To be perfectly honest, I think my rating is a bit biased because I read this DIRECTLY after finishing Silvera's other novel, "More Happy Than Not", and I think I was in the mindset of 'which is better?'. And that is a very difficult question because both books are two very different stories. Although they have similar threads and characteristics, the focuses of each are in separate spots.

HIAYLM is a story about grief, losing people close to you, relationships, and healing. It isn't a cheery story, but it's not all doom and gloom, either. Rather, Silvera's newest book has an emphasis on how grief can change people, and their relationships, in unforeseen ways (at least, that's what I got out of it). There is also a heavy theme of OCD and mental health, something that I have seen in multiple YA novels, but I think Silvera did a fairly solid job of incorporating it into his work in a nonproblematic way. (more on this in the spoiler section)
The characters themselves are multilayered and very interesting, and I was intrigued to see how their seemingly conflicting personalities and agendas were actually more similar than originally perceived. The emotions in this book were complicated, and sometimes felt a tad angsty, but obviously some angst is expected in a book where the characters are grieving.
I went to a book event where Silvera talked about the writing of this book, and he said that originally he has written the book in a very linear structure. There was none of the "History" flashback chapters, but he added them in later to balance the story. I think this was a marvelous choice, and it thoroughly aided in my understanding of the characters!
Also, as an aside, I loved that family was an significant presence in HIAYLM. I find some YA novels shove the family aspect to the side, and it's never realistic. Kudos, Silvera!

I plan on rereading this again! It was compelling and full, and a very memorable story. I would recommend to anyone who liked Silvera's other book.


*Okay, in regards to Griff's OCD, the one thing that irked me a little was that near the end of the book, Wade begins helping Griff try to overcome his OCD. He does things like walk on Griff's left side, and he doesn't replay songs an even number of times. Griff starts to get better, and I thought it seemed just a bit forced. I mean, just FORCING someone to not be able to deal with their compulsions isn't a fix all. It just felt a little sudden to me? This isn't a HUGE thing, but it stood out to me.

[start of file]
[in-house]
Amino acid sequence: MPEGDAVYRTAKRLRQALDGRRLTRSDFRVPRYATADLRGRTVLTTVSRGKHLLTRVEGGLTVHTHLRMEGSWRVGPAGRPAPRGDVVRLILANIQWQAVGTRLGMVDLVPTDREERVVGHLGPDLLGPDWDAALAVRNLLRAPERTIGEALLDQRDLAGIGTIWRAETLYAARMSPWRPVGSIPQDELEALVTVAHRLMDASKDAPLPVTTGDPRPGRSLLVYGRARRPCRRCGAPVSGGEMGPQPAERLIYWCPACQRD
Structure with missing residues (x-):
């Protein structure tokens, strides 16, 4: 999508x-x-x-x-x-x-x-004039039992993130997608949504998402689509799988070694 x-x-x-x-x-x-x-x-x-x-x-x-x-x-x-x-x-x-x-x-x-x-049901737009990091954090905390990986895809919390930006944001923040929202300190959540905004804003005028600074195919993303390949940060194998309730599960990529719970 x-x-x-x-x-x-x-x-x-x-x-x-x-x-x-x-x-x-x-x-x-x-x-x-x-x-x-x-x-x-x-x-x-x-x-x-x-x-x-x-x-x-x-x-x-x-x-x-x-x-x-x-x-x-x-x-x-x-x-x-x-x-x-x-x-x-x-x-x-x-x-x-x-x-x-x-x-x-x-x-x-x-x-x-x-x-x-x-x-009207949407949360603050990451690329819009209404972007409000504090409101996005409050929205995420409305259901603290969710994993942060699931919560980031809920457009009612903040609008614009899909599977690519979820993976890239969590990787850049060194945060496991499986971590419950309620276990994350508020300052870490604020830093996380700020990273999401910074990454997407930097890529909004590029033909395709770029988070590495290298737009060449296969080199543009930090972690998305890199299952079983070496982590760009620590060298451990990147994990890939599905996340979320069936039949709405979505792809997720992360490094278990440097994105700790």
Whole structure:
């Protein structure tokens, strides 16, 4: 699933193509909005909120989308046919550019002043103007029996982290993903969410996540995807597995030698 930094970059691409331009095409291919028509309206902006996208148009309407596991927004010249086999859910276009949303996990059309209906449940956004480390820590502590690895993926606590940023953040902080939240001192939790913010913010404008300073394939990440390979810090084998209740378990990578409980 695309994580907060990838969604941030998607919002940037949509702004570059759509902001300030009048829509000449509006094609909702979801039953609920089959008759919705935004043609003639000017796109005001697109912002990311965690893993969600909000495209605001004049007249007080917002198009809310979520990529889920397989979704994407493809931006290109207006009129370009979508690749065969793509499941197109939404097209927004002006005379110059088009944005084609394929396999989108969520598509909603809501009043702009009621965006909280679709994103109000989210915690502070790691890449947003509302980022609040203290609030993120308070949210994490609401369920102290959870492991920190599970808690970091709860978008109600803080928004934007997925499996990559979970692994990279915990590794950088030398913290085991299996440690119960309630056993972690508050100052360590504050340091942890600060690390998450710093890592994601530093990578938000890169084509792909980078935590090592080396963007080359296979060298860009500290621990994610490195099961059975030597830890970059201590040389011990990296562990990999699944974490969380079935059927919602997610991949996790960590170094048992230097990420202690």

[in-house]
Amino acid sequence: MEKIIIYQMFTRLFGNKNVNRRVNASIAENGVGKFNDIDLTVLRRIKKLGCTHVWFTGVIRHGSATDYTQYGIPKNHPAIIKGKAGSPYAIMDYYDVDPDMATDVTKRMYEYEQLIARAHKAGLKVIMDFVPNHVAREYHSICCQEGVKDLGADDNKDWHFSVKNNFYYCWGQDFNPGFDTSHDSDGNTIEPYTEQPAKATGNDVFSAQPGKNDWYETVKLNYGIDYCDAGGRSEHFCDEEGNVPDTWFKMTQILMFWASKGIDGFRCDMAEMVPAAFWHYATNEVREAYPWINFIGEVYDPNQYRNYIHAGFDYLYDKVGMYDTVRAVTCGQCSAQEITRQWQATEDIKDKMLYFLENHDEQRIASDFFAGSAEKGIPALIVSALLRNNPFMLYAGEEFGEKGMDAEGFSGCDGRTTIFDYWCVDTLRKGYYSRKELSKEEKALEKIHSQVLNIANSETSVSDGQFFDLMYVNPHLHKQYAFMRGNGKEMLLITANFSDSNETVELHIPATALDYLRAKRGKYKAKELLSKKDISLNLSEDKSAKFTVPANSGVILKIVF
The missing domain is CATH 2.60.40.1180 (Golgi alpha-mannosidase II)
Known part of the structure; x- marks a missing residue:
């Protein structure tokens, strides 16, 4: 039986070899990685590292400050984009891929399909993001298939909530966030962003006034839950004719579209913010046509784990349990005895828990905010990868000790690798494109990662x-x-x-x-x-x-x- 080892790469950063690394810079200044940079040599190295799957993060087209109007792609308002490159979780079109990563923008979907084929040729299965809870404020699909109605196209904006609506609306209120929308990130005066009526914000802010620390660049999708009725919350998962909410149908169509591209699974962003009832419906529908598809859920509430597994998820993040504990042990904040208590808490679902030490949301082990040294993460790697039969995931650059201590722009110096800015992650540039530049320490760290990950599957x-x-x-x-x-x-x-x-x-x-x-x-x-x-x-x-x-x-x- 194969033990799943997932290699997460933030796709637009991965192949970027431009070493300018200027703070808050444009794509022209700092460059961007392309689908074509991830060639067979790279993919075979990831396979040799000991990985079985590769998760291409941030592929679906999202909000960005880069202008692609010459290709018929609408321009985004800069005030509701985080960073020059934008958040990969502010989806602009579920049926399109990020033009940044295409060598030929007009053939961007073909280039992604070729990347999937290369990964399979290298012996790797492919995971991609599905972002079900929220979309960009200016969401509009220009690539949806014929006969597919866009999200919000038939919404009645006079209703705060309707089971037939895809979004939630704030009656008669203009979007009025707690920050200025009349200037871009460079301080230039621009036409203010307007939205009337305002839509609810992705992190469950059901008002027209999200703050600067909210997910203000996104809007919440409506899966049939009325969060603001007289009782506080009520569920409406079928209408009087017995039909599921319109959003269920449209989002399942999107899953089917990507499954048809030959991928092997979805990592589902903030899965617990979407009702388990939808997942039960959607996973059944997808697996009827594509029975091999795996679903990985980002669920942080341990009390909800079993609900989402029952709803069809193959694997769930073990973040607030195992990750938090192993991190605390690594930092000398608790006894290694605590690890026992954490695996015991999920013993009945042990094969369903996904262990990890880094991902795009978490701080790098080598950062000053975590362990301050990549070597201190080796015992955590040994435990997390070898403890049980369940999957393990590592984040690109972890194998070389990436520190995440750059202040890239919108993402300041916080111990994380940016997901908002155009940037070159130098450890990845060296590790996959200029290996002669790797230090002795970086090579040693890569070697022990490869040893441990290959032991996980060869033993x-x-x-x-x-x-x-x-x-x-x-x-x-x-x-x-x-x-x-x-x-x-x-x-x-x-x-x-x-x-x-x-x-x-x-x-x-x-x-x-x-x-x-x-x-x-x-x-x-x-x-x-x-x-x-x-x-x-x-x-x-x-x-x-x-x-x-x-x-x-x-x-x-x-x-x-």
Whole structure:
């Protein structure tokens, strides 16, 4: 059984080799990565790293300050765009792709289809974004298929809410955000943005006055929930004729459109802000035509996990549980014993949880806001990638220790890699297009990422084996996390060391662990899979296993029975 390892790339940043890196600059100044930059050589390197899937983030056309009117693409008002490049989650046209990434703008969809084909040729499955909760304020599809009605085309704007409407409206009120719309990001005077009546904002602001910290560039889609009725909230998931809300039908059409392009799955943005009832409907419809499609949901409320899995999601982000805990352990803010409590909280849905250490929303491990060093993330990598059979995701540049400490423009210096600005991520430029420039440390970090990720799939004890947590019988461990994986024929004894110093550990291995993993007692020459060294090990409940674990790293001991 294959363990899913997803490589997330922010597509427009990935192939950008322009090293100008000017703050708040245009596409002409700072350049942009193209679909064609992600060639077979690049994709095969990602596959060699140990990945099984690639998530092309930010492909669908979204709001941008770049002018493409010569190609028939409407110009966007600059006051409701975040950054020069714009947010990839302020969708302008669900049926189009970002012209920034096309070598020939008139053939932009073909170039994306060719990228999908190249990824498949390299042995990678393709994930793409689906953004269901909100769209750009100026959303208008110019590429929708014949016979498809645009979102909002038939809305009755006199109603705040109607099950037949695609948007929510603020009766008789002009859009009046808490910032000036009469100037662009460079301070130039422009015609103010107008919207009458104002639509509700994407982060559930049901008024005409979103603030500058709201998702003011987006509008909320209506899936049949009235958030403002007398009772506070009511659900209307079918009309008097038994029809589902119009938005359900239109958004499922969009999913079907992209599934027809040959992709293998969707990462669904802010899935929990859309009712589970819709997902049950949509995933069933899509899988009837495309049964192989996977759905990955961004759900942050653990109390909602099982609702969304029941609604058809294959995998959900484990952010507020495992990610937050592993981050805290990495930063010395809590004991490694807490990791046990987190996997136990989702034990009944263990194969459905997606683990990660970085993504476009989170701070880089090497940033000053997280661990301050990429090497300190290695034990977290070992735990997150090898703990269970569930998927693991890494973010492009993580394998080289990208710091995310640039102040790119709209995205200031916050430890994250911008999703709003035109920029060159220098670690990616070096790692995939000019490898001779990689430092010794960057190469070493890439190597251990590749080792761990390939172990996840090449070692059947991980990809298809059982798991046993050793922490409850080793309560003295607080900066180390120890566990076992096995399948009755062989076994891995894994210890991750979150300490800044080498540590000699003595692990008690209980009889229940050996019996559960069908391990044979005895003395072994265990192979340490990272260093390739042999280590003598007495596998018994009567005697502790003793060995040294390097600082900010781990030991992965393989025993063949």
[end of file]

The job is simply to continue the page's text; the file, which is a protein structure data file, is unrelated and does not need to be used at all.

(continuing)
*I just always find it uncomfortable when two characters who have been in a relationship with a mutual person end up getting it on together. I totally see how Griff and Jackson were led to that, but it was a little cringy for me. This didn't affect my rating, I just personally find it awkward!
*Wade knowing things about Griff (like the keychain, wanting to make a photo collage of the two of them, etc) made me so sappy and tearful :')
*Okay, this is random, but I would LOVE to see a novel set maybe 10 years later when Denise (Theo's little sister) is more grown up. I don't know why this struck me, but I feel like that would be an interesting story all on it's own!
*Honestly, the part where Jackson and Griff are in California dragged a bit for me. It just seems a little stilted in comparison to the beginning and end of the book. I can't pinpoint it exactly, but it seemed like enough didn't happen there.

… (mais)
deborahee | outras 43 resenhas | Feb 23, 2024 |
I really love this book. Emotionally invest in it, but that ending, although not sad, it still broke my heart.
jessiewinterspring | outras 82 resenhas | Jan 30, 2024 |
Sorry but I can't feel happy knowing they've hurt people. I WAS LOOKING FORWARD to this book but I feel so bad for their other partners
jessiewinterspring | outras 10 resenhas | Jan 30, 2024 |